Abbreviations Business

What does the abbreviation POA stand for?

According to ABBREVIATIONFINDER.ORG, POA stands for Principles of Accounting which are a set of standards that represent the essence of the doctrines and theories related to this science. Accounting principles govern the exercise of the profession, and respect for them is a condition of legitimacy according to the Brazilian Accounting Standards.

The rules currently in force in Brazil, defined by the Federal Accounting Council (CFC), reduced the number of principles from 7 to 6. CFC Resolution No. 1,282 / 2010 revoked the text of CFC No. 750/1993, causing the principle of monetary restatement to be incorporated into the principle of registration at its original value. The change in resolution also changed the nomenclature by replacing the expression Fundamental Accounting Principles with Accounting Principles.

What are POA?

Currently, the accounting principles in force in Brazil are: the entity, the continuity, the opportunity, the prudence, the registration at the original value and the competence. There is no hierarchy between these principles, and all must be observed simultaneously. Know what each one says:

Entity principle

The entity principle says that the object of accounting is equity. In addition, this principle states that the entity’s assets are not to be confused with private assets – for example, those of its partners.

Equity autonomy also covers the relationship with the equity of other companies and determines that the sum or aggregation of assets of different entities does not create a new entity. For example, even if a person has several companies and makes a consolidated report of all of them to have a more global view of their businesses, these assets remain independent from each other.

Principle of continuity

The principle of continuity is that what says that the company’s accounting should be done on the assumption that the company will maintain its activities, that is, it will continue to operate indefinitely in the future. This hypothesis should be maintained until contrary evidence arises, for example, if the partners effectively decide to close the deal.

This principle is important because the suspension of activities can have an effect on the usefulness of some assets. For example, the company may have very specific machines, which it would not be able to sell to other companies and whose only destination in case of closing the deal would be to turn them into scrap. If the company closes, the value of these machines would be nil. However, for accounting purposes, they have a value as an asset, since the company continues to operate.

Opportunity principle

The principle of opportunity can be subdivided into the principle of integrity and timeliness. It determines that a company’s accounting must produce complete information, without omissions or excesses, in a timely manner for decision making. This is because, if integrity and timeliness are lacking, information may lose its relevance.

The opportunity principle is applied when there is equity variation in the entity. These variations can occur due to transactions carried out with other entities, events of external origin with an impact on equity (changes in exchange rates, natural disasters, etc.) or internal movements, such as the scrapping of goods and the transformation of materials into products. Once the information is reliable, the impact of these events on assets, for example, must be recorded.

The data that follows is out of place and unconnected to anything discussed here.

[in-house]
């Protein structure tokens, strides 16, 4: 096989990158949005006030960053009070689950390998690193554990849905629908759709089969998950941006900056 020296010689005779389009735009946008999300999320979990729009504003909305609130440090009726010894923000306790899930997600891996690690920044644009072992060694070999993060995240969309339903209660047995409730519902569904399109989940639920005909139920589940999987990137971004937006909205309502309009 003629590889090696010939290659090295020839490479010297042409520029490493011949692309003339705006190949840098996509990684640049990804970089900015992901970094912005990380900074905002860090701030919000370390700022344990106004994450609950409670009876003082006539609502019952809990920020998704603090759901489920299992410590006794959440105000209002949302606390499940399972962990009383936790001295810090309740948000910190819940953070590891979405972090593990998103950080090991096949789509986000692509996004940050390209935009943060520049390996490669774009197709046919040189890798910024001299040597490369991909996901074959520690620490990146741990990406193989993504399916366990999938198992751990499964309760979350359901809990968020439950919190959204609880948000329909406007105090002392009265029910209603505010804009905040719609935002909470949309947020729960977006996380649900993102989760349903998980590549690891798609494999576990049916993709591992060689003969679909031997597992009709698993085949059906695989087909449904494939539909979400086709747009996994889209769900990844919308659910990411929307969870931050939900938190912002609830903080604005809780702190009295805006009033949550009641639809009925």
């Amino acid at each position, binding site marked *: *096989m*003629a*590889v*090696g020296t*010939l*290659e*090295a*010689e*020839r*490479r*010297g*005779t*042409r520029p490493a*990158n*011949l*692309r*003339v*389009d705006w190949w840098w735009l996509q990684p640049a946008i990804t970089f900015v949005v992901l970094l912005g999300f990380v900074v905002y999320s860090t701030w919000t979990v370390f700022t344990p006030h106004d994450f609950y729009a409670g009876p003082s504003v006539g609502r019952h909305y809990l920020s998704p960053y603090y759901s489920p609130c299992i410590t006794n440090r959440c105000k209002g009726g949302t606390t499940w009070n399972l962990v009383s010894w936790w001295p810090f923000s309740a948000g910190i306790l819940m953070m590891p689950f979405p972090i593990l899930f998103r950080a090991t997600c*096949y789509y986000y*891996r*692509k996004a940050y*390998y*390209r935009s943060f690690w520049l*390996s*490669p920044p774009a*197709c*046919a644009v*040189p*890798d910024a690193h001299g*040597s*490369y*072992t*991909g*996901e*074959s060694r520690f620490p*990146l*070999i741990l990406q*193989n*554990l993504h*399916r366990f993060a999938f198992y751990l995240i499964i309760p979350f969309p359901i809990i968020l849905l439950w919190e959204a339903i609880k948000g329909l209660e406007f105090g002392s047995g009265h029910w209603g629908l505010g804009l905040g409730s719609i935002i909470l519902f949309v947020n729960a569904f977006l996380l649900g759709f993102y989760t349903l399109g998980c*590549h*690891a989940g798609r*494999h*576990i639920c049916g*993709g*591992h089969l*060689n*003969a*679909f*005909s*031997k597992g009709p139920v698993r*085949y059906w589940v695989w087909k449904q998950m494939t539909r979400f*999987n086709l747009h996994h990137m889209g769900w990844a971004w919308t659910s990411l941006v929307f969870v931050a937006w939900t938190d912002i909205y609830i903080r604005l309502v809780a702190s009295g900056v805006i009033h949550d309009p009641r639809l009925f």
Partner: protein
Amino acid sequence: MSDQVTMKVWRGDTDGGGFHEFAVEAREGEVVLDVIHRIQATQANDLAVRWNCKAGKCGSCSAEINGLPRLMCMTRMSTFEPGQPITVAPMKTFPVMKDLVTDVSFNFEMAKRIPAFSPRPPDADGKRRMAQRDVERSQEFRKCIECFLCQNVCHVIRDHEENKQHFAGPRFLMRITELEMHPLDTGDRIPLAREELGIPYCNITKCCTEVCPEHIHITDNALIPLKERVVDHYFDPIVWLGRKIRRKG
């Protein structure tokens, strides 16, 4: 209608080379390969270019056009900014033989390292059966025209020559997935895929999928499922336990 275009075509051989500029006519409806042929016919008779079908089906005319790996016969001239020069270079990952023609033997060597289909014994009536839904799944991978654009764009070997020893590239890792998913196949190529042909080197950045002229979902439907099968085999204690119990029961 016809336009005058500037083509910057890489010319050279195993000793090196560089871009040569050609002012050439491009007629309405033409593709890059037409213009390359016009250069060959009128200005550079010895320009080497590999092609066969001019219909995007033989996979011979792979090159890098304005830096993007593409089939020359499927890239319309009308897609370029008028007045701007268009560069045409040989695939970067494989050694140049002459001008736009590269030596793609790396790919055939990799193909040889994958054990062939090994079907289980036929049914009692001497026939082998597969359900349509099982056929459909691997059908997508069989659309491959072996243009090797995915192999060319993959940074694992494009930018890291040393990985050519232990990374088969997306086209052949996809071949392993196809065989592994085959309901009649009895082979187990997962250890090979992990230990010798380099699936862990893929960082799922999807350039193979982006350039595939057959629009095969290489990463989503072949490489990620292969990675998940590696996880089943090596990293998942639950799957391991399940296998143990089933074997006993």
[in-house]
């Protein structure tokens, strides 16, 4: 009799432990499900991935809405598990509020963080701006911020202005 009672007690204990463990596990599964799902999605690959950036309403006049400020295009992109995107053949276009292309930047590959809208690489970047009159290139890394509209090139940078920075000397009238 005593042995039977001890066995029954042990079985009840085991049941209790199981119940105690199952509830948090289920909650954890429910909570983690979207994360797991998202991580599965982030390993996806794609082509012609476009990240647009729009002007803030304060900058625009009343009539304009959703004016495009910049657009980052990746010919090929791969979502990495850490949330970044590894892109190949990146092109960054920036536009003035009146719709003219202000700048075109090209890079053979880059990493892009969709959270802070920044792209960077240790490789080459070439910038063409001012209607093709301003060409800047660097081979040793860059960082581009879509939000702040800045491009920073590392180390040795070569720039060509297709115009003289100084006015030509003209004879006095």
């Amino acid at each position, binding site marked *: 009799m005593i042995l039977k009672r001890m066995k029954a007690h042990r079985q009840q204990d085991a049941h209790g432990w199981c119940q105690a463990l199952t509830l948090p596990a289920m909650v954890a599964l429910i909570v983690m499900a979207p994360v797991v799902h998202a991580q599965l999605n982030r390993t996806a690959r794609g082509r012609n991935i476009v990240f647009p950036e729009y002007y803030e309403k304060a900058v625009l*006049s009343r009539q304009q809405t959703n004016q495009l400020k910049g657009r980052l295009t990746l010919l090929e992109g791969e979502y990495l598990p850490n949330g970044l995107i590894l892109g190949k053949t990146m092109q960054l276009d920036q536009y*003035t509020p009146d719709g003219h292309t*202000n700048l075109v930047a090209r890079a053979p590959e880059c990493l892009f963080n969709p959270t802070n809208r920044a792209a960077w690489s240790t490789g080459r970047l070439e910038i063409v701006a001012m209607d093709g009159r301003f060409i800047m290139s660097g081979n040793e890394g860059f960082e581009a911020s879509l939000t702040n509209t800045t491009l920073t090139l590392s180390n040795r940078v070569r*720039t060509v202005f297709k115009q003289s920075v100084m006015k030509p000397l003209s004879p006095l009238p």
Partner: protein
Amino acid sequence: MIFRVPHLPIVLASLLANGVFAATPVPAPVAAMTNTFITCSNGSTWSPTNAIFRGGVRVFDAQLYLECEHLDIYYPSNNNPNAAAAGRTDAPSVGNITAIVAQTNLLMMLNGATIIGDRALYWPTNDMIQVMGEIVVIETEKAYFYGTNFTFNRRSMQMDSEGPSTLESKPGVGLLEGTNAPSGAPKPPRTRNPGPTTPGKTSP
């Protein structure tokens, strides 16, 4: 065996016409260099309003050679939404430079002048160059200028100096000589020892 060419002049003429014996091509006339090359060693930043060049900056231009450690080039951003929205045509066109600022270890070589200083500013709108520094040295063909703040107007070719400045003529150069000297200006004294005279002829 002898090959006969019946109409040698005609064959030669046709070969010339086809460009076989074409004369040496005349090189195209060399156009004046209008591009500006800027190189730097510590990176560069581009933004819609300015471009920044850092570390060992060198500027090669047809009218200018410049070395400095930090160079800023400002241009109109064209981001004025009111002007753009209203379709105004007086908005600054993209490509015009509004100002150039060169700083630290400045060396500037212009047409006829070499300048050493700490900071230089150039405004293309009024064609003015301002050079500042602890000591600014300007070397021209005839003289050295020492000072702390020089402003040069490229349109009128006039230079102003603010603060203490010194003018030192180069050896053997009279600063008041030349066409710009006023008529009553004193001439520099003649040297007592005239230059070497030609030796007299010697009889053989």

Principle of prudence

Also called the principle of conservatism, the principle of prudence aims to leave the company always prepared for the worst scenarios, avoiding overestimating the assets and underestimating the liabilities.

According to this principle, whenever there are equity changes with an impact on shareholders’ equity, if there are equally valid alternatives, accounting should always record the lowest values ​​for assets and the highest values ​​for liabilities.

For example, even if the company is questioning the calculation of any tax in court, it should record it in liabilities for the amount questioned, and not counting that the process will win.

Principle of registration at original value

This principle says that transactions with the world outside the entity must be recorded at the original values, expressed in the country’s currency. If the transaction took place in foreign currency, the amount will be converted into national currency at the time of registration. This care makes it possible to homogenize the registration of assets and their mutations in the comparison between companies.

The original amount determines the baseline of the equity record, which is not changed. However, the registration by the original amount is divided into historical cost and variation in historical cost. The variations that can be recorded are current cost, realizable value, present value, fair value and monetary restatement.

With the inclusion of monetary restatement within the principle of registration at its original value, in 2010, the number of accounting principles dropped from seven to six. Before, still reflecting the periods of hyperinflation, the accounting standardization placed separately the principle of monetary updating.

Principle of competence

The competence principle determines that revenues and expenses must be included in the entity’s records in the period in which they occurred, regardless of the actual receipt or payment.

For example, a sale made in December of one year, but with a ticket generated for January of the following year, will be recorded by the year of the sale, not by the year of payment of the ticket.

Principles of Accounting